Lots of VILLAINS/ANTAGONISTS.
Biology, comics, and film-related posts.


Title: Klapp Klapp
Artist: Little Dragon
Album: Nabums Rubberband
Plays: 11865

thewreckords:

Little Dragon // Klapp Klapp

anuntroddenpath:

Coyote (Canis latrans).Photograph by David Baake with Nikon D5100, 300 mm f/4D IF-ED lens. South Mountain Park, Phoenix, Arizona.

gamergirlprincesssenior:

Scarecrow from Batman Arkham Knight.

"I’m a soldier. I volunteered. I’m not walking away." Rita Vrataski, Angel of Verdun & Full Metal Bitch

rhamphotheca:

Huge Congregation of River Frogs Documented in Georgia

by Dirk Stevenson

When the accomplished Albert Hazen Wright (1879-1970), Cornell University Professor and Herpetologist, first encountered the strange tadpoles of the River Frog (Lithobates heckscheri), he knew instantly he was looking at a new species. Wright, who described the new frog in 1924, wrote of the species’ habitat”…swampy edges of rivers and streams, a truly fluviatile species” and mentioned that the polliwogs “travel in big schools as no other big tadpoles do.”

John Jensen, herpetologist with the Georgia Department of Natural Resources, and Jim Wright (no relation to Albert) just published a fascinating paper in the current issue of Herpetological Review about the River Frog. Last May, along the shores of a tributary to Muckalee Creek, Jim snapped incredible photos of a mass metamorphosis event of River Frogs—an estimated 4,000 tadpoles transformed and became froglets, congregating on nearby sand-and-mud-bars.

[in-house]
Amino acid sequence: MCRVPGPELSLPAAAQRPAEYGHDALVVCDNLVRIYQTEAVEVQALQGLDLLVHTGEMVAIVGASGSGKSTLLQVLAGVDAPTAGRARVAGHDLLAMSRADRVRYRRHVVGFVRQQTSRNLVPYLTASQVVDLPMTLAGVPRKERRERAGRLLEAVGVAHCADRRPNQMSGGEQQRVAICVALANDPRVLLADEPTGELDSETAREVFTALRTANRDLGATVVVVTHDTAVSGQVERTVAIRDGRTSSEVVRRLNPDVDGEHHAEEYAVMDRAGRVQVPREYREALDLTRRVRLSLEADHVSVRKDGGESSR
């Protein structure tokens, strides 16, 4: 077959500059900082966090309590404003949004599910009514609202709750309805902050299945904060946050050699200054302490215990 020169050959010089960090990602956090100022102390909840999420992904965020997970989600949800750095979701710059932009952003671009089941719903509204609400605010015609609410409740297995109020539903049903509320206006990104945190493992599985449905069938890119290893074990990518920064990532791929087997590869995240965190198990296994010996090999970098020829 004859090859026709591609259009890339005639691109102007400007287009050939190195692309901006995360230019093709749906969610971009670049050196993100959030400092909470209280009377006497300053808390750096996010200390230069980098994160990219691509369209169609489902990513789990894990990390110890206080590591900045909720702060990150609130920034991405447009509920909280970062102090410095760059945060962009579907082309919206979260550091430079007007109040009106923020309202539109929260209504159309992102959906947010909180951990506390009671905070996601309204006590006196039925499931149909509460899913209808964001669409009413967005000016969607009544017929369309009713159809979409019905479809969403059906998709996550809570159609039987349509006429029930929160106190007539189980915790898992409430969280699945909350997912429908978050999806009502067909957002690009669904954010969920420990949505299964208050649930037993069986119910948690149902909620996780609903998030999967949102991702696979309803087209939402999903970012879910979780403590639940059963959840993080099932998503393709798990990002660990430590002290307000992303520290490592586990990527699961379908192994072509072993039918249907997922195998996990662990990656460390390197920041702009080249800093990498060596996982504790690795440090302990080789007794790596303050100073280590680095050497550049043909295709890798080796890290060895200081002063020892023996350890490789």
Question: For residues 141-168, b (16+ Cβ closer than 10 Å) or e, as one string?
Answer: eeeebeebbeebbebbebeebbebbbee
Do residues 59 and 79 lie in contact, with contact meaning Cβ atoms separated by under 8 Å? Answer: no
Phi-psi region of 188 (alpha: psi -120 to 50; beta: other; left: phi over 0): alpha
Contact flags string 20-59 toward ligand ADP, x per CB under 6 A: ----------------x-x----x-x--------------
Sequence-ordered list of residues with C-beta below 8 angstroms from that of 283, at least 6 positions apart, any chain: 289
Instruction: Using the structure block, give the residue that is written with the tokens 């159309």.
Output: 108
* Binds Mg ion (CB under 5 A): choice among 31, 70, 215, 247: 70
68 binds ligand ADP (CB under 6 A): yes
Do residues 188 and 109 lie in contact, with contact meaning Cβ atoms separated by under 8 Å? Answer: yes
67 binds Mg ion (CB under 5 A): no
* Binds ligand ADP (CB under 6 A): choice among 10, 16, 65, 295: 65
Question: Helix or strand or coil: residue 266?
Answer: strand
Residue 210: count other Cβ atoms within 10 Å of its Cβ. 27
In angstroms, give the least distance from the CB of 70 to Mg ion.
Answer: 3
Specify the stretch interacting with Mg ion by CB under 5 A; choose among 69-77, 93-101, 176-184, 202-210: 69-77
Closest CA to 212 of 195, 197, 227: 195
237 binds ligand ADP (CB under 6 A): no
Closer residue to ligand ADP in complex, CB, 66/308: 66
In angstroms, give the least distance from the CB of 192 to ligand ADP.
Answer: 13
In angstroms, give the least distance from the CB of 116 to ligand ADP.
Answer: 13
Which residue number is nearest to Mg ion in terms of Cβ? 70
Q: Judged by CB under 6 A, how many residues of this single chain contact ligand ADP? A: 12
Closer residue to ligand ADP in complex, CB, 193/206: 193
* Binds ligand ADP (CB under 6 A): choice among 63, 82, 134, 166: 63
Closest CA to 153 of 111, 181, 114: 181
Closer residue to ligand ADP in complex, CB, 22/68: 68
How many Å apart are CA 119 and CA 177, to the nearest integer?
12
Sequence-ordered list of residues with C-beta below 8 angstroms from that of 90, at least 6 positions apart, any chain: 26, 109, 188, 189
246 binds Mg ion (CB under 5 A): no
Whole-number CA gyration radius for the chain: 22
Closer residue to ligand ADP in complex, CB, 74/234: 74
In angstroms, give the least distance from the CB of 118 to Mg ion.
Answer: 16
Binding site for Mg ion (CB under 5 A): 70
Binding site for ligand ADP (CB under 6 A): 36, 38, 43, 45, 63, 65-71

An adult female River Frog can lay 5,000 to 14,000 eggs in a floating surface film. The tadpoles require one to two years to develop and sometimes reach phenomenal sizes (ca. 5 inches) prior to metamorphosis…

(read more: Orianne Society)

Photos by Jim Wright and Dirk Stevenson

dendroica:

creatures-alive:

(via 500px / Pito Real en Otoño by Juanma Hernández)

European Green Woodpecker (Picus viridis sharpei).

rhamphotheca:

Evening Grosbeak (Coccothraustes vespertinus)

Arguably, few birds are more tied to moths than the Evening Grosbeak. In the summer breeding season, Evening Grosbeaks feed primarily on the caterpillars of the spruce budworm, a small moth species that can be a pest of evergreens.

The grosbeaks have semi-nomadic populations that follow budworm outbreaks, with large concentrations of birds occurring in outbreak areas while the caterpillars are present, and moving on to other areas once the outbreak subsides.

Historically, Evening Grosbeaks were not found in eastern North America; their spread east is often attributed to increasing budworm outbreaks on that side of the continent. Their peak population levels in the east coincide with peak outbreak levels, in the 1970s and 1980s.

Since then, the forestry industry has worked to control the damaging spruce budworm outbreaks, and though no official studies have been completed to confirm cause-and-effect, grosbeak numbers have declined in lockstep.

Western populations of Eastern Grosbeak have also been on the decline, possibly due to budworm control by the forestry industry in the Rockies and western boreal forest. Both the spruce budworm and the Evening Grosbeak populations appear to have now stabilized, though at much lower levels than during the 70s.

photo by Daniel Arndt (Dan Arndt) on Flickr

(via: Peterson Field Guides)